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Prince Albert, who was master before his death, succeeded the Duke of Wellington. This corporation is intrusted with the charge of lighthouses, sea-marks, the licensing of pilots, etc. Its revenue amounts to about £300,000 a year, of which about one fourth remains after meeting the expenses, and this surplus is chiefly expended in pensioning disabled seamen, or the widows and orphans of seamen. They have hospitals at Deptford, which are annually visited in a state yacht on Trinity Monday. At the Trinity House are busts of many naval heroes, a picture 20 feet long by Gainsborough, representing the elder brethren of the time. In the museum are models of lighthouses, life-boats, etc., a fine model of the Royal William, made 160 years ago, a flag taken by Drake from the Spaniards in 1588, and other curiosities. To see them, apply for the secretary's order.

HERALDS' COLLEGE (College of Arms), Benet's Hill, Doctors Commons, a relic of the feudalism of the Middle Ages, presided over by an Earl Marshal, a post made hereditary in the family of the Duke of Norfolk by Charles II. We are told that the duties of this college (which was first incorporated by Richard III.) consists in marshalling and ordering coronations, marriages, christenings, funerals, interviews, and feasts of kings and princes ; also cavalcades, shows, jousts, tournaments, and combats before the constable and marshal ; also in taking care of the coats of arms and genealogies of the nobility and gentry. If any one wishes to assume armorial bearings, he must apply to Heralds' College. The usual cost is about seventy-five guineas. The present building was erected by Wren, in 1683, on the site of an older one destroyed by the great fire. The hall in which the court of chivalry was formerly held, with the judicial seat of the earl marshal, is on the north side of the yard. Here is an old library, and a fire-proof record room. In the college are preserved several curiosities; the Warwick roll, with figures of all the Earls of Warwick from the Conquest to Richard III. ; a tournament roll of the time of Henry VIII.; a pedigree of Saxon Kings from Adam, with pen and ink illustrations of Henry VIII.'s time; a portrait of Talbot, Earl of Shrewsbury from his tomb in old St. Paul's; a sword, dagger, and turquoise ring, said to have been the property of James IV. of Scotland, who was killed at the battle of Flodden Field; a volume in the handwriting of Cambden the historian ; MS. collections of heralds' visitations, records of grants of armorial bearings, etc. There are also some old portraits of officers of the college. Since 1622 the college has consisted of thirteen officers, viz., three kings-at-arms, Garter, principal ; Clarencieux ; Norroy—six heralds, Lancaster, Somerset, Richmond, Windsor, York, Chester--and four pursuivants, Rouge Croix, Blue Mantle, Portcullis, and Blue Dragon. In old time these mock kings were crowned with pompous ceremonies in the presence of the sovereign. Amongst the officers of this college, the following have rendered themselves of note as historians or antiquarians : William Cambden, Sir William Dugdale, Elias Ashmole, and Francis Grose.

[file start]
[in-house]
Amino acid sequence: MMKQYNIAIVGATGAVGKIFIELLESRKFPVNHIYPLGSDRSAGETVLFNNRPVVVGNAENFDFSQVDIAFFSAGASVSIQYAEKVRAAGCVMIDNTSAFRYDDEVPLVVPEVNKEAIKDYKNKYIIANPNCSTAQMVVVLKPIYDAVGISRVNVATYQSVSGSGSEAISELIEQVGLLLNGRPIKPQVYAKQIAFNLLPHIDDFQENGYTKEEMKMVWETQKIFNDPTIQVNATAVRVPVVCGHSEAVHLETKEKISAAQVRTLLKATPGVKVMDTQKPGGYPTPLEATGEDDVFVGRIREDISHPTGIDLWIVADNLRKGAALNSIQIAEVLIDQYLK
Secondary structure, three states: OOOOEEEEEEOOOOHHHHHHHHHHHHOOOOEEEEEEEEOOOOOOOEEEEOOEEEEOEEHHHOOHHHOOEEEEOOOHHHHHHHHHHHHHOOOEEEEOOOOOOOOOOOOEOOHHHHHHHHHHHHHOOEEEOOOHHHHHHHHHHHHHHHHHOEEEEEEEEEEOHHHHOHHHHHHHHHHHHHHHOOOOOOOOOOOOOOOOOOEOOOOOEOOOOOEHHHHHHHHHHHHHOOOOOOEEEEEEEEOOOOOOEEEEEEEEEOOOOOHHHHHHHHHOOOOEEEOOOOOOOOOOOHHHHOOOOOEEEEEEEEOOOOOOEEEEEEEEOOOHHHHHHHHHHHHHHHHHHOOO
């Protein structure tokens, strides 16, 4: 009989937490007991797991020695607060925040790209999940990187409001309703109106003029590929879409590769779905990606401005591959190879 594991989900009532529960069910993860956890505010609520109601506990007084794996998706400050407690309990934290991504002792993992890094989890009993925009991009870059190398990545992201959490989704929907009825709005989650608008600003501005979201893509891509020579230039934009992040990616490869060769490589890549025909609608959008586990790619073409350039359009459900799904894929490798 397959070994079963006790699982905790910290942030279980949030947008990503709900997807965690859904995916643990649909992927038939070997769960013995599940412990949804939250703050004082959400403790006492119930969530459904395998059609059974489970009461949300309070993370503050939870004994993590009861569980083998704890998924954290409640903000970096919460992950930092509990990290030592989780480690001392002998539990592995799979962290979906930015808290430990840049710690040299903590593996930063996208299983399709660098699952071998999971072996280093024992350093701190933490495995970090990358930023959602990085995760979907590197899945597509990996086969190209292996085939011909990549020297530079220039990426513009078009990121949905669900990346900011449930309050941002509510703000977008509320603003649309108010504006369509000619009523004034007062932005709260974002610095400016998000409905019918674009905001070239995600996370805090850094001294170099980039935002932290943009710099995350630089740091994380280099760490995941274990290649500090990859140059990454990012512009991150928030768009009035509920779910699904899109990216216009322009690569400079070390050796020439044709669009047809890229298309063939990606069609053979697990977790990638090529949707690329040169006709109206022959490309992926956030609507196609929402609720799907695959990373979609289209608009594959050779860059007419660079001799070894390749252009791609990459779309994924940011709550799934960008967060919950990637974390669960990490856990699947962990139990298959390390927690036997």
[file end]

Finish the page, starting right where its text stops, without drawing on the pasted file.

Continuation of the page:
CHAPTER THE NINTH.

COMMERCIAL BUILDINGS.

Bank of England-Royal Exchange-Stock Exchange-Custom

House-Coal Exchange.

THE BANK OF ENGLAND covers a quadrangular space of about four acres, with a street on every side. The buildings are of one storey, and have no windows towards any of the thoroughfares. There is little in the external architecture to attract attention except the north-west corner, which was copied from the temple of the Sybil at Tivoli. The interior, which is well arranged for business, contains nine courts in addition to the offices. Several architects have been successively employed to make the bank what it now is. Sir Robert Taylor from 1766 to 1786, followed by Sir John Soane and C. R. Cockerell. The principal part of the exterior is Soane's work.